Scientists uncover secrets of enormous hole in Antarctic sea ice

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In 2016 and 2017, researchers observed an extraordinary event in Antarctica: a massive hole, called a polynya, formed in the sea ice, reaching a size nearly twice that of Wales.

This phenomenon puzzled scientists for years, but now, a study published in Science Advances sheds light on how this unusual opening in the ice was created and sustained.

The polynya, named after the submerged mountain-like feature Maud Rise in the Weddell Sea, was a rare occurrence, given that it appeared in the open ocean, far from the coastline where such openings are more common.

Scientists from the University of Southampton, the University of Gothenburg, and the University of California San Diego collaborated to investigate this intriguing event.

Through a combination of satellite observations, data from autonomous floats, and computational models, the researchers discovered a complex interplay of factors contributing to the formation of the polynya.

They found that strong winds, ocean currents, and the unique underwater geography played crucial roles in transporting heat and salt towards the ocean surface.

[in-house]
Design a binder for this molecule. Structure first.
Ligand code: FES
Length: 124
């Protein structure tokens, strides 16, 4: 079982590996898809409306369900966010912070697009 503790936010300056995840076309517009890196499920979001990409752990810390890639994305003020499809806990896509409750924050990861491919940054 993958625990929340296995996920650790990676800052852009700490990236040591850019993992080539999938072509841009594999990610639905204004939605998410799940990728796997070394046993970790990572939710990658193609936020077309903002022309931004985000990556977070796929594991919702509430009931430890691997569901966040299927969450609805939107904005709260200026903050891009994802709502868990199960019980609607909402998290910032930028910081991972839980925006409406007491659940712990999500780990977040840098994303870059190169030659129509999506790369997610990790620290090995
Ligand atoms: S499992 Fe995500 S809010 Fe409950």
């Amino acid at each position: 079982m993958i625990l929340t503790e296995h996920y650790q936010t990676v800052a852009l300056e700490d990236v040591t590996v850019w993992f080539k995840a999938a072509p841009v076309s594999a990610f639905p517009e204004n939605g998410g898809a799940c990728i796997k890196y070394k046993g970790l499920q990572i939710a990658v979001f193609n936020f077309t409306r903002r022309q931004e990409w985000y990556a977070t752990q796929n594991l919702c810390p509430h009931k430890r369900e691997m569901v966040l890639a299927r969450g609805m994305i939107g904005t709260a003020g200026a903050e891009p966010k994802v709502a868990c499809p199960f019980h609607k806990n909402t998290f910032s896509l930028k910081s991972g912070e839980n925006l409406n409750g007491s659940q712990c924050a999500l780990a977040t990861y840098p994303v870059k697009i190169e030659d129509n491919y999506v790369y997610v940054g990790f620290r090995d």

One key finding of the study was the importance of a process called “Ekman transport” in sustaining the polynya.

This process involves water movement driven by winds, which influences ocean currents. As the Weddell Sea current flowed around Maud Rise, turbulent eddies carried salt to the surface, contributing to the formation of the polynya.

Polynyas are not just large holes in the ice—they play a significant role in transferring heat and carbon between the ocean and the atmosphere. They can affect regional climate patterns and even influence global ocean circulation.

The researchers emphasized that understanding the mechanisms behind polynya formation is crucial for accurately modeling climate and ocean dynamics.

The study also highlighted the broader changes occurring in the Antarctic environment. Observations show a negative trend in sea ice extent since around 2016, marking a departure from the relatively stable conditions observed in previous decades.

The processes driving the formation of polynyas, such as upwelling of deep, salty water, may contribute to this trend.

By unraveling the mysteries of the Maud Rise polynya, scientists have gained valuable insights into the complex interactions shaping Antarctica’s environment.

This research underscores the importance of continued monitoring and study of polar regions to better understand their role in global climate systems.

Source: University of Southampton.